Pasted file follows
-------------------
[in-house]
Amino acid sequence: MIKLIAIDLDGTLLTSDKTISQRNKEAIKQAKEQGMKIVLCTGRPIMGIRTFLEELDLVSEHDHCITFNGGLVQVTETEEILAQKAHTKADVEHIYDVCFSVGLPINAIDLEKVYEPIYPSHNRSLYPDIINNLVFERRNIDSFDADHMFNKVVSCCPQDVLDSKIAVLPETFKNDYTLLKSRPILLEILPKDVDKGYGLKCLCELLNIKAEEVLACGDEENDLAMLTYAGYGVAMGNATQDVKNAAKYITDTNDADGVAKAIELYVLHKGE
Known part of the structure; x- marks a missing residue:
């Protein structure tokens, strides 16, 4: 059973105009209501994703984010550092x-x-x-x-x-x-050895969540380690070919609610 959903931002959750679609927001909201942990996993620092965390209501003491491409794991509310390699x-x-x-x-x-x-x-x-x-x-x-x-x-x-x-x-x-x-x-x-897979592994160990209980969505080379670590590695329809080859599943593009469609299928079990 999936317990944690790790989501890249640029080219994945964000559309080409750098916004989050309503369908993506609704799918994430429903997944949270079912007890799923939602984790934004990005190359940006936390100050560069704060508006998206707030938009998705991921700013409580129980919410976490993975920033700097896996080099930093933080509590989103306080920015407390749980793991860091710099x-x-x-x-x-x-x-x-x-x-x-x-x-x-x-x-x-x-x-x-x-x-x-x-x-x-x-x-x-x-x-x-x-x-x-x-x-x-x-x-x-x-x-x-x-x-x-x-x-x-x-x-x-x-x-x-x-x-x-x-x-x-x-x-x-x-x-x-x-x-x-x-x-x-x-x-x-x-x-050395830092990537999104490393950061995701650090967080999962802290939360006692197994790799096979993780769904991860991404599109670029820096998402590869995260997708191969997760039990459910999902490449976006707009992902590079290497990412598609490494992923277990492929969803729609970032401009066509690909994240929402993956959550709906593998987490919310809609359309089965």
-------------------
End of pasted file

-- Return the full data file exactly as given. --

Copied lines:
[in-house]
Amino acid sequence: MIKLIAIDLDGTLLTSDKTISQRNKEAIKQAKEQGMKIVLCTGRPIMGIRTFLEELDLVSEHDHCITFNGGLVQVTETEEILAQKAHTKADVEHIYDVCFSVGLPINAIDLEKVYEPIYPSHNRSLYPDIINNLVFERRNIDSFDADHMFNKVVSCCPQDVLDSKIAVLPETFKNDYTLLKSRPILLEILPKDVDKGYGLKCLCELLNIKAEEVLACGDEENDLAMLTYAGYGVAMGNATQDVKNAAKYITDTNDADGVAKAIELYVLHKGE
Known part of the structure; x- marks a missing residue:
């Protein structure tokens, strides 16, 4: 059973105009209501994703984010550092x-x-x-x-x-x-050895969540380690070919609610 959903931002959750679609927001909201942990996993620092965390209501003491491409794991509310390699x-x-x-x-x-x-x-x-x-x-x-x-x-x-x-x-x-x-x-x-897979592994160990209980969505080379670590590695329809080859599943593009469609299928079990 999936317990944690790790989501890249640029080219994945964000559309080409750098916004989050309503369908993506609704799918994430429903997944949270079912007890799923939602984790934004990005190359940006936390100050560069704060508006998206707030938009998705991921700013409580129980919410976490993975920033700097896996080099930093933080509590989103306080920015407390749980793991860091710099x-x-x-x-x-x-x-x-x-x-x-x-x-x-x-x-x-x-x-x-x-x-x-x-x-x-x-x-x-x-x-x-x-x-x-x-x-x-x-x-x-x-x-x-x-x-x-x-x-x-x-x-x-x-x-x-x-x-x-x-x-x-x-x-x-x-x-x-x-x-x-x-x-x-x-x-x-x-x-050395830092990537999104490393950061995701650090967080999962802290939360006692197994790799096979993780769904991860991404599109670029820096998402590869995260997708191969997760039990459910999902490449976006707009992902590079290497990412598609490494992923277990492929969803729609970032401009066509690909994240929402993956959550709906593998987490919310809609359309089965």